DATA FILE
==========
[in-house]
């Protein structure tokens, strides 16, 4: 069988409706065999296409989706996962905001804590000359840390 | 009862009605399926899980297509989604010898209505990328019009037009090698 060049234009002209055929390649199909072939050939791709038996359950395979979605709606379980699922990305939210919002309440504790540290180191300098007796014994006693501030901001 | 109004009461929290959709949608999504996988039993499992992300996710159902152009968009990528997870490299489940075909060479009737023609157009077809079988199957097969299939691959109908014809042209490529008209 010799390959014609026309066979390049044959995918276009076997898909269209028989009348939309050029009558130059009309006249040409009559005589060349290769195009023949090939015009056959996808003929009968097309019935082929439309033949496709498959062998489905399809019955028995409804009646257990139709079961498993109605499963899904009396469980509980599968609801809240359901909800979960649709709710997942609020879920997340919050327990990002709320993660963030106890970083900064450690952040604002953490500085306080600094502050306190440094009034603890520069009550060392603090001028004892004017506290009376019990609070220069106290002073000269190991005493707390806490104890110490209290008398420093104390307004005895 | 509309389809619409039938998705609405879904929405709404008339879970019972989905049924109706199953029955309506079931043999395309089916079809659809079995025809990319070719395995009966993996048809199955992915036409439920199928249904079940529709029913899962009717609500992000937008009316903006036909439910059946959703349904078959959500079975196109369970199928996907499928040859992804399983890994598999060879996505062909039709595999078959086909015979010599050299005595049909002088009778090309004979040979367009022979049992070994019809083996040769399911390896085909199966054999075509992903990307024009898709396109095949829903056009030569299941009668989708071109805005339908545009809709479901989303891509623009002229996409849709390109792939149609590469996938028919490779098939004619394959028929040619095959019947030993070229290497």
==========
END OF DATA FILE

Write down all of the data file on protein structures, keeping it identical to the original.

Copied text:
[in-house]
């Protein structure tokens, strides 16, 4: 069988409706065999296409989706996962905001804590000359840390 | 009862009605399926899980297509989604010898209505990328019009037009090698 060049234009002209055929390649199909072939050939791709038996359950395979979605709606379980699922990305939210919002309440504790540290180191300098007796014994006693501030901001 | 109004009461929290959709949608999504996988039993499992992300996710159902152009968009990528997870490299489940075909060479009737023609157009077809079988199957097969299939691959109908014809042209490529008209 010799390959014609026309066979390049044959995918276009076997898909269209028989009348939309050029009558130059009309006249040409009559005589060349290769195009023949090939015009056959996808003929009968097309019935082929439309033949496709498959062998489905399809019955028995409804009646257990139709079961498993109605499963899904009396469980509980599968609801809240359901909800979960649709709710997942609020879920997340919050327990990002709320993660963030106890970083900064450690952040604002953490500085306080600094502050306190440094009034603890520069009550060392603090001028004892004017506290009376019990609070220069106290002073000269190991005493707390806490104890110490209290008398420093104390307004005895 | 509309389809619409039938998705609405879904929405709404008339879970019972989905049924109706199953029955309506079931043999395309089916079809659809079995025809990319070719395995009966993996048809199955992915036409439920199928249904079940529709029913899962009717609500992000937008009316903006036909439910059946959703349904078959959500079975196109369970199928996907499928040859992804399983890994598999060879996505062909039709595999078959086909015979010599050299005595049909002088009778090309004979040979367009022979049992070994019809083996040769399911390896085909199966054999075509992903990307024009898709396109095949829903056009030569299941009668989708071109805005339908545009809709479901989303891509623009002229996409849709390109792939149609590469996938028919490779098939004619394959028929040619095959019947030993070229290497």